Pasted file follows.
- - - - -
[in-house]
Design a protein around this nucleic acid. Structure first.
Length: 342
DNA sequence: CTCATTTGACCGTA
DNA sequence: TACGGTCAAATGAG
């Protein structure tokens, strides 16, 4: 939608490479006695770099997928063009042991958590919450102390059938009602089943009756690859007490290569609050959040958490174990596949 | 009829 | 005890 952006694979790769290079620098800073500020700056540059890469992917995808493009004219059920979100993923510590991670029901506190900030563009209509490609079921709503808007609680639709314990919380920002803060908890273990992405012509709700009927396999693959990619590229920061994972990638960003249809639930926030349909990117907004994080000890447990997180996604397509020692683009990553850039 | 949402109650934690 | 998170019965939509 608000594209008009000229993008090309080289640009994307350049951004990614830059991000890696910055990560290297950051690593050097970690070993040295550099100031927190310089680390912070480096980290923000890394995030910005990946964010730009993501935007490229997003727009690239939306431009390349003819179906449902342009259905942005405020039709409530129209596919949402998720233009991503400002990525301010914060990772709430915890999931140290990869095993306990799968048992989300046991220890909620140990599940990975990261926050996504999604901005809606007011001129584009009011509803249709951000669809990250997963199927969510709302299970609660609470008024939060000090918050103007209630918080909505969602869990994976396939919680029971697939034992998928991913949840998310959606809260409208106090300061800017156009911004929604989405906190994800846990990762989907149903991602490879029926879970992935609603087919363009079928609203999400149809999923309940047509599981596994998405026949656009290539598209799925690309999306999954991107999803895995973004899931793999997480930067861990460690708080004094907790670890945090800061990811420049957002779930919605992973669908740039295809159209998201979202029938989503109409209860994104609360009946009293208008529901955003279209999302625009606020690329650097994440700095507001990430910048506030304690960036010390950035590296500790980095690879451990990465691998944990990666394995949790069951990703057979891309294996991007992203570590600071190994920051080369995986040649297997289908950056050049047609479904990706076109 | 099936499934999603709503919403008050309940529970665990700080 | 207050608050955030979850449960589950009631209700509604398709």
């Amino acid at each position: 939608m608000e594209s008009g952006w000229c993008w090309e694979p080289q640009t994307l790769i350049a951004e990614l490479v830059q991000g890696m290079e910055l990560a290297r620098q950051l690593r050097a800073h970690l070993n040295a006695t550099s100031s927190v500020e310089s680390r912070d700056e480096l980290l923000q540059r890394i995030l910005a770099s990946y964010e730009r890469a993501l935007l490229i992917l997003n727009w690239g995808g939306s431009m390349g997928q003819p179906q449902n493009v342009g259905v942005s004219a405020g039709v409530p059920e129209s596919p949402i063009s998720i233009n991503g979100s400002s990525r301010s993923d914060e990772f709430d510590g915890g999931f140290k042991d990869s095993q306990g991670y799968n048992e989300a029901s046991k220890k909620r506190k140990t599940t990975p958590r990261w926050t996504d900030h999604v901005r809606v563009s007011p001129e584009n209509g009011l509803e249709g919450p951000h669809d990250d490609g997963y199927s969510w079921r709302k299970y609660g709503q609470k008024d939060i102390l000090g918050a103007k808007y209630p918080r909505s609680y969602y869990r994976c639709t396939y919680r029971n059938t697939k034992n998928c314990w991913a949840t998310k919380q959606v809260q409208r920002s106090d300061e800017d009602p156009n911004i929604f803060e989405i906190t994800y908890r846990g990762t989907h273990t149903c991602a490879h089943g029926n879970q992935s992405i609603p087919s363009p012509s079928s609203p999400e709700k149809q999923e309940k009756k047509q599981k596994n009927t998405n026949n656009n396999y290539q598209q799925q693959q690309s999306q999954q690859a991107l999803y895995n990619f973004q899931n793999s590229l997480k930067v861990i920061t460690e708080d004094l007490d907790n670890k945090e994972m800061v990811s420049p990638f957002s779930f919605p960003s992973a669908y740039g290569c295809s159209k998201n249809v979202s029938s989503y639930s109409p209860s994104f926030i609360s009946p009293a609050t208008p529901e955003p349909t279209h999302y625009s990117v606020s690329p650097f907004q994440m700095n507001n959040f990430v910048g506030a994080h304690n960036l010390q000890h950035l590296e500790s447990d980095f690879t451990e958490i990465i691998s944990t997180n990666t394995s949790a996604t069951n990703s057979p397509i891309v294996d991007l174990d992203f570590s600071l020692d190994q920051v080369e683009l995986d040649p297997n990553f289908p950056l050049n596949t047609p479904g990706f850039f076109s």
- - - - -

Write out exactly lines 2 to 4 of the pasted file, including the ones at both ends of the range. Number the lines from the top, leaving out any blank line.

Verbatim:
Design a protein around this nucleic acid. Structure first.
Length: 342
DNA sequence: CTCATTTGACCGTA